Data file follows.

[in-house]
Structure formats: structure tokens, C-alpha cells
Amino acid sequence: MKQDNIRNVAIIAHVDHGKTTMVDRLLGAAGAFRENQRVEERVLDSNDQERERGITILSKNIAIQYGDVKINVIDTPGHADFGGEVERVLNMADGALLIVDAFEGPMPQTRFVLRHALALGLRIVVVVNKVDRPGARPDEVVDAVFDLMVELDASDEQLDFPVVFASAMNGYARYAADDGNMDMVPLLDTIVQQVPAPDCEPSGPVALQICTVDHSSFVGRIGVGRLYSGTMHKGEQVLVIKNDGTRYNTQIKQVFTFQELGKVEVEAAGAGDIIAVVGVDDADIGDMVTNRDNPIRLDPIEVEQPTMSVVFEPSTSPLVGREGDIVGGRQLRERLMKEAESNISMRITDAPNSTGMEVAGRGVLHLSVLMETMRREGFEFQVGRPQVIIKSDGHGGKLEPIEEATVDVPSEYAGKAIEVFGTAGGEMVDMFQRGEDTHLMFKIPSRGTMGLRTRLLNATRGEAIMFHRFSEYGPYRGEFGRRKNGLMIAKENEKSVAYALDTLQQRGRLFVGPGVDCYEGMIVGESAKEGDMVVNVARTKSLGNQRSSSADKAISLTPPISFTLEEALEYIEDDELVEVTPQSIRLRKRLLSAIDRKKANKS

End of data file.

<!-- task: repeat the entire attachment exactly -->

[in-house]
Structure formats: structure tokens, C-alpha cells
Amino acid sequence: MKQDNIRNVAIIAHVDHGKTTMVDRLLGAAGAFRENQRVEERVLDSNDQERERGITILSKNIAIQYGDVKINVIDTPGHADFGGEVERVLNMADGALLIVDAFEGPMPQTRFVLRHALALGLRIVVVVNKVDRPGARPDEVVDAVFDLMVELDASDEQLDFPVVFASAMNGYARYAADDGNMDMVPLLDTIVQQVPAPDCEPSGPVALQICTVDHSSFVGRIGVGRLYSGTMHKGEQVLVIKNDGTRYNTQIKQVFTFQELGKVEVEAAGAGDIIAVVGVDDADIGDMVTNRDNPIRLDPIEVEQPTMSVVFEPSTSPLVGREGDIVGGRQLRERLMKEAESNISMRITDAPNSTGMEVAGRGVLHLSVLMETMRREGFEFQVGRPQVIIKSDGHGGKLEPIEEATVDVPSEYAGKAIEVFGTAGGEMVDMFQRGEDTHLMFKIPSRGTMGLRTRLLNATRGEAIMFHRFSEYGPYRGEFGRRKNGLMIAKENEKSVAYALDTLQQRGRLFVGPGVDCYEGMIVGESAKEGDMVVNVARTKSLGNQRSSSADKAISLTPPISFTLEEALEYIEDDELVEVTPQSIRLRKRLLSAIDRKKANKS